Senate panel OKs costly new SNAP, Medicaid limits that would punish struggling Alabamians

There’s an old saying: If you like laws or sausage, you should never watch either one being made. Wednesday afternoon was a perfect example of how stomach-turning it can be to see how laws are often made in Alabama.

The Senate Fiscal Responsibility and Economic Development Committee approved a bill Wednesday to cut new holes in Alabama’s safety net. This plan would erect harmful, expensive new barriers to food assistance under the Supplemental Nutrition Assistance Program (SNAP), health coverage under Medicaid, and cash aid under the Temporary Assistance for Needy Families (TANF) program. And it would increase hunger and hardship for tens of thousands of struggling Alabamians in the process.

The bill – SB 294, sponsored by Sen. Arthur Orr, R-Decatur – is a version of the “HOPE Act” promulgated by the Foundation for Government Accountability (FGA), a nationwide conservative organization based in Florida. The bill now awaits consideration in the full Senate.

At a public hearing Wednesday, four Alabamians spoke against SB 294:

  • Carol Gundlach, policy analyst at Alabama Arise.
  • Jim Jones, director of Alabama Childhood Food Solutions.
  • Laura Lester, executive director of the Alabama Food Bank Association.
  • Ashley Lyerly, director of advocacy with the American Lung Association in Birmingham.

All of us agreed that this bill would make people in Alabama poorer, hungrier and sicker. The only speaker in support was an FGA staffer from Arkansas who repeatedly misstated many of the bill’s provisions. Compounding the problem, many committee members showed unfamiliarity with how safety net programs work in Alabama. The result was a frustrating discussion that consistently mixed up SNAP, TANF, Medicaid and even SSI eligibility requirements. In the end, few people left the room with a clear understanding of the bill.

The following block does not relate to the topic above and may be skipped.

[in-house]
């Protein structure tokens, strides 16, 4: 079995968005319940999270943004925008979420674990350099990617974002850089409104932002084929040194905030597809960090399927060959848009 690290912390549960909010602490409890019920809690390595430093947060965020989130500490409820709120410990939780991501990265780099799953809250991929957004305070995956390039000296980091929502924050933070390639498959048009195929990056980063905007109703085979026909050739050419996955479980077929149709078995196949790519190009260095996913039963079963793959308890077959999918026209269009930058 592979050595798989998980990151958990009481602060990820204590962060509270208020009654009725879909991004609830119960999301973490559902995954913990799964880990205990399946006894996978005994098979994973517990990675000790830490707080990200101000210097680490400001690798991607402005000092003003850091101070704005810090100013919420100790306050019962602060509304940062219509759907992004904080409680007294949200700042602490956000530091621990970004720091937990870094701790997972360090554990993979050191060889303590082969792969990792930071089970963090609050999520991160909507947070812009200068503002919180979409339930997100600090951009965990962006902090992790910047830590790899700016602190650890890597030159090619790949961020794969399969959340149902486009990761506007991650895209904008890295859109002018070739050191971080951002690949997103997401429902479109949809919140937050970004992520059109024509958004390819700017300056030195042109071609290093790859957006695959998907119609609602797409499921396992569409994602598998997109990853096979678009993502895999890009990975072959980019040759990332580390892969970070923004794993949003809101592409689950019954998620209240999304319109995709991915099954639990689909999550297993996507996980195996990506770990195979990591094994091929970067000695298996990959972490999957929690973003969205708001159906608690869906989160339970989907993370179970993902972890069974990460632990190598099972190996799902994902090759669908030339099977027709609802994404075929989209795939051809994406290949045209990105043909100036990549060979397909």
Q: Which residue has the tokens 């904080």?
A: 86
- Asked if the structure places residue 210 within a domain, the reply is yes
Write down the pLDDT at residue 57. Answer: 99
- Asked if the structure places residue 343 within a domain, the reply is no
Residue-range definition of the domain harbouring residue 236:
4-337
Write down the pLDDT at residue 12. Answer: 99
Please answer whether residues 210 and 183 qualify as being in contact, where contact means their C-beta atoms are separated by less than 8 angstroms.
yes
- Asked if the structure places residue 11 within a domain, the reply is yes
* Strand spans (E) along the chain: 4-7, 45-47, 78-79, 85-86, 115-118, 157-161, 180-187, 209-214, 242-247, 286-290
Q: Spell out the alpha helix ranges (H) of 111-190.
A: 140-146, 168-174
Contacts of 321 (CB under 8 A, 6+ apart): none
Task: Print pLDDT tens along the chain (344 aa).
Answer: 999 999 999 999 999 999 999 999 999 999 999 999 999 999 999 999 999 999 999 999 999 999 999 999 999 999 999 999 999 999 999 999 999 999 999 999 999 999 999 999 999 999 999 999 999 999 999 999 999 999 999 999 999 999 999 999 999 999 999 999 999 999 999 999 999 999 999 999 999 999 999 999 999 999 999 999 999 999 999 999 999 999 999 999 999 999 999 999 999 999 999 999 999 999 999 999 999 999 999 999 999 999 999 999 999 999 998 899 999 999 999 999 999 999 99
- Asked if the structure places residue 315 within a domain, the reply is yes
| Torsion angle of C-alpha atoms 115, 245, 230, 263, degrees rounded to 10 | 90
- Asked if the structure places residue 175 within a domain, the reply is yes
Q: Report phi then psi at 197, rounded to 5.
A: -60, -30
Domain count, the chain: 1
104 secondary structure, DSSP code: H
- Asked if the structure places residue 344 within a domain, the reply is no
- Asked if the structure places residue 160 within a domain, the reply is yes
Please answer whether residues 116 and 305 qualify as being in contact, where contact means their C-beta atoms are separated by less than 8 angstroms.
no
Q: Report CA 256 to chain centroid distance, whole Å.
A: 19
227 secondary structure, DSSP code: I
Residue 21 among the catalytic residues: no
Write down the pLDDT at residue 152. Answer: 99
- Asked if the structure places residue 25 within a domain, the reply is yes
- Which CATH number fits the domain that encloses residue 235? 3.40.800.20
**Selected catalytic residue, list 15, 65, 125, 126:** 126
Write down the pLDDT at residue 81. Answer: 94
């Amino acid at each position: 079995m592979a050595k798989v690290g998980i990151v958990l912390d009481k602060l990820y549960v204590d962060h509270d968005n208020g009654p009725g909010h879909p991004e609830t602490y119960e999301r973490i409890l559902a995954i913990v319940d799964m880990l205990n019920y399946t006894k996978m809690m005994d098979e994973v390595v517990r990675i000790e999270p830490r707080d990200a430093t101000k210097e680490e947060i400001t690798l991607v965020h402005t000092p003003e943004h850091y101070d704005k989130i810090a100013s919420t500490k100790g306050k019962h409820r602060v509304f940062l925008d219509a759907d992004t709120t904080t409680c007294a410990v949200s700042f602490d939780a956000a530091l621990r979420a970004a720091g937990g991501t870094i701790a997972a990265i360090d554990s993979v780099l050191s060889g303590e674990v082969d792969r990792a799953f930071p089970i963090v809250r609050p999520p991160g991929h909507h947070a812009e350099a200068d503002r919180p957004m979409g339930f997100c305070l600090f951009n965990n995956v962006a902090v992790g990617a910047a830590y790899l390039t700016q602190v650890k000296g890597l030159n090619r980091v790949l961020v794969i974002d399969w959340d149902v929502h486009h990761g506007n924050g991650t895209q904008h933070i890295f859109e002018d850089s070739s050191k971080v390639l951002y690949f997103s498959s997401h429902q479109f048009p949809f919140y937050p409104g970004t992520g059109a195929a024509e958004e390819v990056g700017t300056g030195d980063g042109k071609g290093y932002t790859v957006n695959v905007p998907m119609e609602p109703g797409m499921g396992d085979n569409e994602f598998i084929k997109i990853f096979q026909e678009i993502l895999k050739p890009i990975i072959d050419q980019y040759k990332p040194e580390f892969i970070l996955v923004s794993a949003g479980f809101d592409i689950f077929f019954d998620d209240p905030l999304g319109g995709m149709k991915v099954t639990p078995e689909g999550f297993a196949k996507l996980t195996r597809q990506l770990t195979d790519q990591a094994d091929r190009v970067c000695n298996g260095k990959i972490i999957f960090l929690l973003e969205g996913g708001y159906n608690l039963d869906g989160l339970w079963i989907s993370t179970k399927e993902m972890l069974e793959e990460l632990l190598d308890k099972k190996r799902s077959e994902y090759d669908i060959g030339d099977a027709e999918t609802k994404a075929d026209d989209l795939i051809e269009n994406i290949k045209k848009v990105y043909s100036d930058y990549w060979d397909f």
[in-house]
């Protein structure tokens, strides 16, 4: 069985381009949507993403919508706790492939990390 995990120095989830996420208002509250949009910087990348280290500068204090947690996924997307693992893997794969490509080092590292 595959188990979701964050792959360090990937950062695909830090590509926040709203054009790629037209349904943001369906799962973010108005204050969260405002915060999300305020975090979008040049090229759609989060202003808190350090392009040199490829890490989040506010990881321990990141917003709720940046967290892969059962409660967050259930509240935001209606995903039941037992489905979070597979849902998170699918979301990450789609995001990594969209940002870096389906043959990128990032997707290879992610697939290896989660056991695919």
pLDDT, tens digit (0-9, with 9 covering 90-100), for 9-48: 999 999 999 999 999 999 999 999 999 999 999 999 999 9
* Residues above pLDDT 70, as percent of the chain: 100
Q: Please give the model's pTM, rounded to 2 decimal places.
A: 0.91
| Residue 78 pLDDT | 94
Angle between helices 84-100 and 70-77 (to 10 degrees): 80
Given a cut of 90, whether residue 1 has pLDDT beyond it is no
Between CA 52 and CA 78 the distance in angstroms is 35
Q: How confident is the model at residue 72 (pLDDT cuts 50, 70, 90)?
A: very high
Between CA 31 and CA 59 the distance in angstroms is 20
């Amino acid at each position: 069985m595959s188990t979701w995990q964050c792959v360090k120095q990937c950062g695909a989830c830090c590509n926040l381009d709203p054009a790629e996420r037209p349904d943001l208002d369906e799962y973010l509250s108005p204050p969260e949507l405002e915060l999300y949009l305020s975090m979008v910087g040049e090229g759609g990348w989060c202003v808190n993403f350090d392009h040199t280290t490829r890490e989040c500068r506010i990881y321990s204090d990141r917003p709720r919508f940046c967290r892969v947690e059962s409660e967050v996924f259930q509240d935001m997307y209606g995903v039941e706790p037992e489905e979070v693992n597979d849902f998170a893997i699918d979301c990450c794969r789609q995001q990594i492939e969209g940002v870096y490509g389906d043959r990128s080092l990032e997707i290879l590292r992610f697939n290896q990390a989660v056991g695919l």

How SB 294 would hurt struggling Alabamians

But it’s important to recognize the wide-ranging harm this plan would cause. SB 294 would take many steps to worsen life for Alabamians in poverty:

  • Reinstitute a SNAP asset test that could deny food assistance to some families with more than one automobile or to seniors with small savings accounts for medical or funeral costs.
  • Eliminate a slightly higher gross income limit for seniors, which helps make up for their higher medical costs.
  • Prohibit Gov. Kay Ivey from requesting a federal waiver of work requirements imposed on a small group of SNAP recipients, unless the unemployment rate is greater than 10%.
  • Require every non-disabled SNAP participant over age 16 to participate in an expensive workfare program, including parents with children over 6. This requirement would make it impossible for Alabama to continue operating an excellent job-training program that serves 36 counties.
  • Deny SNAP food assistance to people who fail to “comply” with child support services. But the word “comply” is not defined in SB 294. So we don’t know for sure what hoops people would need to jump through to get SNAP.
  • Reduce the maximum number of months that parents can receive TANF cash assistance to 36 months in a lifetime. This would cut even more adults off TANF, which is already a shadow of what was once the country’s most important anti-poverty program.
  • Require SNAP and Medicaid participants to recertify eligibility every six months. This complicated process inevitably would end assistance for otherwise eligible people who simply couldn’t navigate the red tape.

Many of SB 294’s would-be limits lack specificity. But proposed new data verification requirements are spelled out in minute detail. The bill also would allow Alabama to contract with a private company to comply with those requirements, a provision that raised several eyebrows.

The good news: SB 294 is a long way from becoming law

Now that it has won committee approval, SB 294 could appear on the Senate’s calendar at any time. But we expect the Senate to vote on the education budget next week, so SB 294 is unlikely to come up before May 7 at the earliest. And even if the Senate passed the bill, it still would have to clear the House as well. The closer we get to the end of the regular session, the less time SB 294 has to become law.

We’ll be keeping an eye on this harmful bill while we organize Arise supporters to make their opposition known. Watch this space for further updates!